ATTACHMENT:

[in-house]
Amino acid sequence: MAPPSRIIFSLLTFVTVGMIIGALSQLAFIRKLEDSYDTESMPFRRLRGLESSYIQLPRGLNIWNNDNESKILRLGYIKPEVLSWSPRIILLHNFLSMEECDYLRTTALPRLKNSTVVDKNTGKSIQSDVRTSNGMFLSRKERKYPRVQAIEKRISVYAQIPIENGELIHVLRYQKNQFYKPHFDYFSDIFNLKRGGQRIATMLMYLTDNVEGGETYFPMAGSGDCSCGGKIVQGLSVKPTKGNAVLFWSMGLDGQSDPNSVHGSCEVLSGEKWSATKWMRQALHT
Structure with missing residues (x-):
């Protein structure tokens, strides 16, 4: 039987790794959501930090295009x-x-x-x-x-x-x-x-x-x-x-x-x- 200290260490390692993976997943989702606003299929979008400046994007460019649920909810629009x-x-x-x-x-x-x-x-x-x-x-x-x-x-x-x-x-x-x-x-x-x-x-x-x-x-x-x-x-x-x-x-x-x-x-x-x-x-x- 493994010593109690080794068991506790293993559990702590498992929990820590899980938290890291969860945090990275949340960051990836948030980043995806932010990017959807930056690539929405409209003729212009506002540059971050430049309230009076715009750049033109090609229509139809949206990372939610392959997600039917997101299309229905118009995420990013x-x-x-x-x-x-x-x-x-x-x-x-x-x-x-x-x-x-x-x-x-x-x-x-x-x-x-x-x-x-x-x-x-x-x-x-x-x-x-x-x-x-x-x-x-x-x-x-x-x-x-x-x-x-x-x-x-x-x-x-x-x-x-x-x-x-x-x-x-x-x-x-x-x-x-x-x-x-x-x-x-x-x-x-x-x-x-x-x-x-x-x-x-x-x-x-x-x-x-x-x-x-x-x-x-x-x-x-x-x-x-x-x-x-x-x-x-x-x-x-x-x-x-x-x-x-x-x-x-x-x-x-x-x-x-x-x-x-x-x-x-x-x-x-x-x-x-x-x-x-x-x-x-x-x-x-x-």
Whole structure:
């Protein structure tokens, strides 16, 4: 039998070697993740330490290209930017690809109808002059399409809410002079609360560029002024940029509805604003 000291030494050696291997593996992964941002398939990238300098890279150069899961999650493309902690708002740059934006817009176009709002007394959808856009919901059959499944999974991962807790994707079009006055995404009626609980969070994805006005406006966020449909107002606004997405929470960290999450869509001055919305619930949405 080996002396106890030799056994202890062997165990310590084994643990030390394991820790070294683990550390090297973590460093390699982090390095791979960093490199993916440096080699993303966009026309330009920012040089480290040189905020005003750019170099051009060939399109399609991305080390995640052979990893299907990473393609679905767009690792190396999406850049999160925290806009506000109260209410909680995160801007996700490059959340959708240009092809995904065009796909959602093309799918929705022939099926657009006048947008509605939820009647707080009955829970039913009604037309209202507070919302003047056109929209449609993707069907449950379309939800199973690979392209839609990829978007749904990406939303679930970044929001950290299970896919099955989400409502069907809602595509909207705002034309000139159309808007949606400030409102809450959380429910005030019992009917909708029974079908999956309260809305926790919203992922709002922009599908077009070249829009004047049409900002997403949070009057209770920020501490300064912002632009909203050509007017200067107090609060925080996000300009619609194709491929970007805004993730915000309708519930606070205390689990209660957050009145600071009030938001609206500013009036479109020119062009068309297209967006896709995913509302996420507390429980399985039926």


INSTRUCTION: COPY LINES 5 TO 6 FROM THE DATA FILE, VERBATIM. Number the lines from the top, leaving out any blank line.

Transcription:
Whole structure:
């Protein structure tokens, strides 16, 4: 039998070697993740330490290209930017690809109808002059399409809410002079609360560029002024940029509805604003 000291030494050696291997593996992964941002398939990238300098890279150069899961999650493309902690708002740059934006817009176009709002007394959808856009919901059959499944999974991962807790994707079009006055995404009626609980969070994805006005406006966020449909107002606004997405929470960290999450869509001055919305619930949405 080996002396106890030799056994202890062997165990310590084994643990030390394991820790070294683990550390090297973590460093390699982090390095791979960093490199993916440096080699993303966009026309330009920012040089480290040189905020005003750019170099051009060939399109399609991305080390995640052979990893299907990473393609679905767009690792190396999406850049999160925290806009506000109260209410909680995160801007996700490059959340959708240009092809995904065009796909959602093309799918929705022939099926657009006048947008509605939820009647707080009955829970039913009604037309209202507070919302003047056109929209449609993707069907449950379309939800199973690979392209839609990829978007749904990406939303679930970044929001950290299970896919099955989400409502069907809602595509909207705002034309000139159309808007949606400030409102809450959380429910005030019992009917909708029974079908999956309260809305926790919203992922709002922009599908077009070249829009004047049409900002997403949070009057209770920020501490300064912002632009909203050509007017200067107090609060925080996000300009619609194709491929970007805004993730915000309708519930606070205390689990209660957050009145600071009030938001609206500013009036479109020119062009068309297209967006896709995913509302996420507390429980399985039926």